Buzz Boettcher and the Graybeard team have put their names down for the Antarctica Cup
A group of sailing’s “elder statesmen” have signed up for the Antarctica Cup, the world’s richest sailing race, the Southern California-based entry, headed by Buzz Boettcher are calling themselves the “Graybeard Syndicate”.
Boettcher, in his early 50s and a former professional skipper on some of the top racing boats of the 70 and 80s and, was still actively racing sailboats in the 90s, and has got together with an old sailing buddy Bob Logan, to make use of their age and experience.
Experience is something that Buzz has “in spades”, with nine Trans-Pac races, four Fastnets, two Sydney/Hobarts, a trans-Atlantic and a Bermuda race, just being the cream on his CV.
Buzz Boettcher cut his offshore teeth on Trans-Pac races from Los Angeles to Hawaii, and though he admits the Southern Ocean is a different ball game, believes this experience will be of value.
“No doubt Southern Ocean sailing is a whole world different from doing a Trans-Pac,” he says, “but one of the things you learn early on, in being successful in Trans-Pacific races is pushing the boat just beyond the known limits.”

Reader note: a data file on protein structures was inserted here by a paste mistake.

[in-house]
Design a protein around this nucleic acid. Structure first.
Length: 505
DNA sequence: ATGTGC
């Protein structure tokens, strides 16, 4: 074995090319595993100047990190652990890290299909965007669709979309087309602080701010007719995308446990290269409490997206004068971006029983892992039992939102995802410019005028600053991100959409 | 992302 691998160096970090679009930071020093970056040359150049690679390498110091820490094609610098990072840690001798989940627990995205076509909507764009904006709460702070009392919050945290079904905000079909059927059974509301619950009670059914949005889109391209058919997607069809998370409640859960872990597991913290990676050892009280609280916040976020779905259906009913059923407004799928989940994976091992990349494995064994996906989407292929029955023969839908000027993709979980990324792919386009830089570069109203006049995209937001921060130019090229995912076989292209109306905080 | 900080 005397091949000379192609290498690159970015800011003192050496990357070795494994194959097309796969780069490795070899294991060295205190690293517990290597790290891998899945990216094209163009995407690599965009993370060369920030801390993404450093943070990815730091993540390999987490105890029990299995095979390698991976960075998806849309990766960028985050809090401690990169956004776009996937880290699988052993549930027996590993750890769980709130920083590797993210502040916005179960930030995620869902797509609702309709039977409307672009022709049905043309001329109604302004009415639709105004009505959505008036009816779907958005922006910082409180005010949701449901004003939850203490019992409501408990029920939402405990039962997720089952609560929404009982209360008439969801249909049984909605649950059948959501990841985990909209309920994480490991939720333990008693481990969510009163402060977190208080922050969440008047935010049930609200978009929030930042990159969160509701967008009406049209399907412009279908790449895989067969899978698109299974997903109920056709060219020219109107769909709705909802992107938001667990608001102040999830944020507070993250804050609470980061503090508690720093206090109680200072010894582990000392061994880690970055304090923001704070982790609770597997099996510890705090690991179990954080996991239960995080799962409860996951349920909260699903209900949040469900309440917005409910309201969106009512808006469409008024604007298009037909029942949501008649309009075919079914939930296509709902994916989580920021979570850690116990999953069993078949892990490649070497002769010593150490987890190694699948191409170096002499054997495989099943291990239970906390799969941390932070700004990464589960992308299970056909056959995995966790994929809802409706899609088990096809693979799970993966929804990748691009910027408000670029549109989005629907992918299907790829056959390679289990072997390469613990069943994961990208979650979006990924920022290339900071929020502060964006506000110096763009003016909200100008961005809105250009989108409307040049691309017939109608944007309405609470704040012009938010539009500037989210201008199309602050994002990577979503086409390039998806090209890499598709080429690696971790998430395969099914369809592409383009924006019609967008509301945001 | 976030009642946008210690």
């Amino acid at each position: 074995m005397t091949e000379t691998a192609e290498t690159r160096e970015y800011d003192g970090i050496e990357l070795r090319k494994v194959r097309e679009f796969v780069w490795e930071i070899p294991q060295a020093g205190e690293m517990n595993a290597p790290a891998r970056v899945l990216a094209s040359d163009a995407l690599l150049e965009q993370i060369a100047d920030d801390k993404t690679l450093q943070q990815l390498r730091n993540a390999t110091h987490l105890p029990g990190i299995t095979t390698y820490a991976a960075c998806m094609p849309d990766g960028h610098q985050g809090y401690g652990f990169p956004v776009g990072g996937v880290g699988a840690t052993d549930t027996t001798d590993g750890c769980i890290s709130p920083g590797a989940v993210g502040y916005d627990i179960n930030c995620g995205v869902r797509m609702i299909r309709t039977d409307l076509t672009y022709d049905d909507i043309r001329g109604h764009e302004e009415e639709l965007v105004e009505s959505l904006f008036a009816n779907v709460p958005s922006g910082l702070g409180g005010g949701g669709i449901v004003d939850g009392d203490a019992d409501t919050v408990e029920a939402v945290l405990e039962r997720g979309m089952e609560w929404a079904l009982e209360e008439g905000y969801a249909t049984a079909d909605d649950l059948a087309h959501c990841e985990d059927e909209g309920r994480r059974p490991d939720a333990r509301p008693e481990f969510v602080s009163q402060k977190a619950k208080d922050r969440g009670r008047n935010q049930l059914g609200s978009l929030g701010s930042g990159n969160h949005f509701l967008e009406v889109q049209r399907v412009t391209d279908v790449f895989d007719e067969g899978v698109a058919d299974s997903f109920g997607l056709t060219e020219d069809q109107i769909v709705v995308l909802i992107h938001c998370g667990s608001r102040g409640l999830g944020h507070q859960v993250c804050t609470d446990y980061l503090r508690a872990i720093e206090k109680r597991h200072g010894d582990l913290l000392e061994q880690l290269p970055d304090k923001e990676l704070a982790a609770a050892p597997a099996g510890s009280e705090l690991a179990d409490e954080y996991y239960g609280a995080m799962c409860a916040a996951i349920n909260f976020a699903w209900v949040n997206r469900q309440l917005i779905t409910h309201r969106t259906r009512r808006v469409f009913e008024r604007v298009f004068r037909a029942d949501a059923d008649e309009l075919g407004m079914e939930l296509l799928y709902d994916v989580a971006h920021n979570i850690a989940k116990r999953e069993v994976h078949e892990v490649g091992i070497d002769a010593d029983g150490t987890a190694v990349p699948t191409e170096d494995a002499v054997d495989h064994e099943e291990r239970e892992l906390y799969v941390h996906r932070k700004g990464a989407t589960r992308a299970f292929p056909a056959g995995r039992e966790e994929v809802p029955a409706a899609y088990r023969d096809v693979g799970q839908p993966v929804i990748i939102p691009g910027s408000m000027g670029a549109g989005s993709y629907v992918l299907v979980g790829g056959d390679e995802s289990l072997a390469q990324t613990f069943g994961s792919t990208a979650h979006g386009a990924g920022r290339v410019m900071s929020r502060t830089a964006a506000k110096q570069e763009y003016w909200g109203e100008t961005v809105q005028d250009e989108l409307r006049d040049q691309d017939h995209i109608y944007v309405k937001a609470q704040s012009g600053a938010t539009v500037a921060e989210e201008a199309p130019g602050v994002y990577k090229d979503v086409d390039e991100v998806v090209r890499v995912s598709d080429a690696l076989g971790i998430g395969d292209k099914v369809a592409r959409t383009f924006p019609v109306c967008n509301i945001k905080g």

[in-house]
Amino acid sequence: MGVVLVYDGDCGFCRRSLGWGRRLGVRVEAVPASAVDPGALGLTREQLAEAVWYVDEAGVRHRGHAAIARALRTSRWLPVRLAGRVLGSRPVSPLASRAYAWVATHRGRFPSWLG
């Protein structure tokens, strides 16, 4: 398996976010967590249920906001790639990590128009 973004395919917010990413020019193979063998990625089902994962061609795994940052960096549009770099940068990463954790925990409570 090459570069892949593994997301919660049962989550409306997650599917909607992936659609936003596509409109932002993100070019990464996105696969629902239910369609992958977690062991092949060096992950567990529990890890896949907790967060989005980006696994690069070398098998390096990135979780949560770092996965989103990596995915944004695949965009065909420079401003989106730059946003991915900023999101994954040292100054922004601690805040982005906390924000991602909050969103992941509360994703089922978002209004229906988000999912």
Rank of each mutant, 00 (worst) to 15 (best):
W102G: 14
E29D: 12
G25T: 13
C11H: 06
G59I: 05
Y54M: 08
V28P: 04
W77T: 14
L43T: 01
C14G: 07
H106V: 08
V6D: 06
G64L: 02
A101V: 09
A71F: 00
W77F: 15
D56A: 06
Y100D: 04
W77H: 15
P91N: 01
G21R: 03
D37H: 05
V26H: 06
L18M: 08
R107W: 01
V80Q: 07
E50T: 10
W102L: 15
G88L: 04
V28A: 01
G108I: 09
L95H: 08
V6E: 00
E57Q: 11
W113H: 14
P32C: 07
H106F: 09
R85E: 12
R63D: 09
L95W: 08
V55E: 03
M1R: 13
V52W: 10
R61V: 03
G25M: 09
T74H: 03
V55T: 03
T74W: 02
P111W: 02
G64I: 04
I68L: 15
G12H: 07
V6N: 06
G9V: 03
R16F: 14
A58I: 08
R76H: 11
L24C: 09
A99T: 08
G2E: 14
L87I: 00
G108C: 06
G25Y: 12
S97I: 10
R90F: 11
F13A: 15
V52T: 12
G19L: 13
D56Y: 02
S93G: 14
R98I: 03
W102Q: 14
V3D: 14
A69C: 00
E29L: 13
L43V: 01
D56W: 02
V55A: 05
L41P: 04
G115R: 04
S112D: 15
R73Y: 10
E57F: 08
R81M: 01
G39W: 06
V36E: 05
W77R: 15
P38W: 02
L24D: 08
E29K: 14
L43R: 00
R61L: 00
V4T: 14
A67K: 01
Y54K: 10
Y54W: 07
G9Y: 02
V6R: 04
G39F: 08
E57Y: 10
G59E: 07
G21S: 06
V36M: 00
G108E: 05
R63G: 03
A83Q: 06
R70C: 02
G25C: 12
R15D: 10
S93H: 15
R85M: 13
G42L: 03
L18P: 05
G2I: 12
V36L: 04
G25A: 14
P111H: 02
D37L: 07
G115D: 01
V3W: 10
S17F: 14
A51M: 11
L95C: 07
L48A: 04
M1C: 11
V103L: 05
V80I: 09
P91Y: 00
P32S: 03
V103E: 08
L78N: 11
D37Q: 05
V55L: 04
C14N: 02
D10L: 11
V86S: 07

He adds, “you kinda look at what does it take to win a distance race, and one of the primary factors is experience.”
Then Boettcher threw down the gauntlet to his fellow Californian Paul Cayard, “obviously the premier entry in this race right now is Paul Cayard.
“It seems like I look back over when Paul and I raced each other, and yeah, he would usually beat me around the buoys, no doubt about it, but whenever we go offshore, I can’t think of a time that he was at the finish line ahead of us.”
The leader of the Graybeard team said that they were originally going to have a crew of over 50s, but then realised they needed a bowman, so brought the minimum age down to 45.
Talking about announcing his entry, Buzz admitted, “we’ll get the people who are going to say, ‘you guys are crazy, you’re absolutely nuts, somebody’s going to have a heart attack, and die on your boat’, and others who are going to say, ‘hey, go for it’. That’s part of everyday life I guess.”
He points out that there are three sailors on the current Volvo Race who are over 50, and that by the time the Antartica Cup starts in December 2004, there will be more of the current batch of round the world sailors who have reached forty five.
The Antarctica Cup is a non-stop race around the Antarctic continent, starting and finishing in Fremantle, Western Australia, and has a total prize purse of US$6.4 million.